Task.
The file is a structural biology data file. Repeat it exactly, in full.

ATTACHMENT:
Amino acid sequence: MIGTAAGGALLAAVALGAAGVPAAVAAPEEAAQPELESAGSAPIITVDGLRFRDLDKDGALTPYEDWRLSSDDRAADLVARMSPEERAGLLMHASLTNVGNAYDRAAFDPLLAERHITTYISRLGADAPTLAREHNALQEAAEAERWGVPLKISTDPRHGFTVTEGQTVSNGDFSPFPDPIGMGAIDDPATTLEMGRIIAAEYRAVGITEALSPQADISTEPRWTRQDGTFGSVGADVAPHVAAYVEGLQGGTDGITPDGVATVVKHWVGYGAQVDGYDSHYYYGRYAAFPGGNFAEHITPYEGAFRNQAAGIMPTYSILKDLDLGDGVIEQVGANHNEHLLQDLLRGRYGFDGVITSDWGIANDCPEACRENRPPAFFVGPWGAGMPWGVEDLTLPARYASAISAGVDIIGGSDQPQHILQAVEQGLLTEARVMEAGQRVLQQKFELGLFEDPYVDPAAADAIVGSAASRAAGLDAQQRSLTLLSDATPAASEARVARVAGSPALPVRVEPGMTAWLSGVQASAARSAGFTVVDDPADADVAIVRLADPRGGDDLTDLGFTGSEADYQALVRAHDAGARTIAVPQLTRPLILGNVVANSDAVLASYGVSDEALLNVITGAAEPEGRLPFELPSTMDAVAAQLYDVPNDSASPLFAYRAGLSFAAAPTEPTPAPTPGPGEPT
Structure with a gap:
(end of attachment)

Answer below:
Amino acid sequence: MIGTAAGGALLAAVALGAAGVPAAVAAPEEAAQPELESAGSAPIITVDGLRFRDLDKDGALTPYEDWRLSSDDRAADLVARMSPEERAGLLMHASLTNVGNAYDRAAFDPLLAERHITTYISRLGADAPTLAREHNALQEAAEAERWGVPLKISTDPRHGFTVTEGQTVSNGDFSPFPDPIGMGAIDDPATTLEMGRIIAAEYRAVGITEALSPQADISTEPRWTRQDGTFGSVGADVAPHVAAYVEGLQGGTDGITPDGVATVVKHWVGYGAQVDGYDSHYYYGRYAAFPGGNFAEHITPYEGAFRNQAAGIMPTYSILKDLDLGDGVIEQVGANHNEHLLQDLLRGRYGFDGVITSDWGIANDCPEACRENRPPAFFVGPWGAGMPWGVEDLTLPARYASAISAGVDIIGGSDQPQHILQAVEQGLLTEARVMEAGQRVLQQKFELGLFEDPYVDPAAADAIVGSAASRAAGLDAQQRSLTLLSDATPAASEARVARVAGSPALPVRVEPGMTAWLSGVQASAARSAGFTVVDDPADADVAIVRLADPRGGDDLTDLGFTGSEADYQALVRAHDAGARTIAVPQLTRPLILGNVVANSDAVLASYGVSDEALLNVITGAAEPEGRLPFELPSTMDAVAAQLYDVPNDSASPLFAYRAGLSFAAAPTEPTPAPTPGPGEPT
Structure with a gap: